After piloting his two-man sled to glory at the Pyeongchang Olympics, Justin Kripps turned his attention to perfecting his four-man driving.
Kripps headlines Canada’s 18-member bobsleigh team for the Beijing Games, and the defending two-man champion is hoping to climb the medal podium twice this time around.
“I’ve traditionally had more success in the two-man, and so I wanted to get the four-man up to speed and we’ve definitely done that and had a lot of success over the last four years. I’m really excited about the four-man in Beijing,” Kripps said from Konigssee, Germany, where the Canadian team is in a holding camp before travelling to Beijing.
Cynthia Appiah and Christine de Bruin headline the talented women’s bobsleigh team, announced Thursday. Olympic veterans Jane Channell of Calgary and Mirela Rahneva of Ottawa and rookie Blake Enzie of Calgary are Canada’s three skeleton athletes.
Kripps, a 35-year-old from Summerland, B.C., drove to second-place overall in both the two and four man on the World Cup season that recently ended.
The team was hit hard by a COVID-19 outbreak in December that saw 11 athletes in isolation. Kripps wasn’t one of them –“I managed to avoid the outbreak, thus far anyway, knock on wood,” he said.
The two years of the global pandemic, Kripps said however, has strengthened the team in some ways heading into the Games.
“We’ve certainly as a team had to figure things out and get things done, even if it’s not what we’re normally used to, that ranges from having to train in garages and using resistance bands sometimes instead of weights, running in fields instead of on tracks, and just being super flexible on the road,” Kripps said. “Sometimes last minute, we didn’t go to races, and then we were able to go to races, have to get COVID tested all the time.
“Just going with the flow and adapting to adversity under pressure definitely prepares us for the Games, because that, in my feel, is what happens in the Games. Things always come up, each Games is different, but it’s all about rolling with the punches and being able to perform at your best no matter what’s happening.”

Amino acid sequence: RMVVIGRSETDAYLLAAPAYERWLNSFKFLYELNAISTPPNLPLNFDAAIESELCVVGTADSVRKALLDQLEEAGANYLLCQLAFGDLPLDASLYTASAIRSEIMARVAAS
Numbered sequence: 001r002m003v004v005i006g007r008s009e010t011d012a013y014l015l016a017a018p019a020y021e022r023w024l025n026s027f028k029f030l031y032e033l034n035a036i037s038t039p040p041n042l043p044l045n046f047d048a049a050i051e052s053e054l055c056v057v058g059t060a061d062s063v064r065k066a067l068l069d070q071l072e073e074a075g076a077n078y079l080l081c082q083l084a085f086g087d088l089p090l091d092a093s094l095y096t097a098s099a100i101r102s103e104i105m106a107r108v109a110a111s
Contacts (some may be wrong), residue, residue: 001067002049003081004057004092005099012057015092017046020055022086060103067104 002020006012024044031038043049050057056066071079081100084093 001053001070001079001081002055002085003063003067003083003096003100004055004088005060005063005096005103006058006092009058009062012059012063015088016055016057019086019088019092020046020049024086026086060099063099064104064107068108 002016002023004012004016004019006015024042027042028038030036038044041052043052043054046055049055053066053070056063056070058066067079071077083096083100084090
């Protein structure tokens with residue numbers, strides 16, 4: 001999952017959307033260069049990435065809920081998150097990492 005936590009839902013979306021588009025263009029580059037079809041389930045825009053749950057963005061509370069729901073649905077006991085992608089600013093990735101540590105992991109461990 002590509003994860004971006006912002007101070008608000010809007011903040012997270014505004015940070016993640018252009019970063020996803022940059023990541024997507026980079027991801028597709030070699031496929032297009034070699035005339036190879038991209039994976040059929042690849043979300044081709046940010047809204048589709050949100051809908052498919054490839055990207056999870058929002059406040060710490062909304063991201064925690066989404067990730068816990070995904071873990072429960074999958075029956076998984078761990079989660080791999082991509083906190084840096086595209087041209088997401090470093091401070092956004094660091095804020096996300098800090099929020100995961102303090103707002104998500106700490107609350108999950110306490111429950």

De Bruin said success requires elite athletes to be able to adapt, but the pandemic demanded a whole other level.
“Because it was always at the front ends of our mind, we always had to be thinking about it, and it’s really just going with the flow, and so I’m always reminding myself that I just need to keep on going with the flow,” she said. “It’s not worth stressing over the little things.
“If we missed a race or whatever, it’s not the end of the world, it will be fine. That’s what I can bring into Beijing, that there are going to be mishaps and whatever else, but we’re going to be okay.”
The 32-year-old from Stony Plain, Alta., will race in both the monobob and two-woman event, days after she finished fourth in both in the World Cup standings.
Appiah, who will make her Olympic debut after being an alternate four years ago, has had an excellent rookie season in monobob, finishing third overall in the World Cup standings. She’ll race in both women’s events in Beijing as well. Melissa Lotholz from Barrhead, Alta., is Canada’s third women’s pilot for the Games.
Chris Spring of Vancouver, who will make his fourth trip to the Olympics, and Calgary’s Taylor Austin were also named to the team as pilots.
The team will look smart in Beijing, racing in sleds that feature a Royal Canadian Navy paint scheme, honouring Canadian sailors in the Second World War and the Battle of the Atlantic.
“Whether on the ice or at sea, the distinction of putting on a Canadian uniform drives commitment to the training, preparation, perseverance and teamwork required to perform under immense pressure while representing your country,” Sarah Storey, president of Bobsleigh Canada Skeleton, said of the new blue-white-and-red paint palette.
Canada has an excellent Olympic record in sliding sports, winning nine bobsled medals and four skeleton medals.
Bobsled is Feb. 13-20, while skeleton is Feb. 10-12 at the Yanqing Sliding Centre.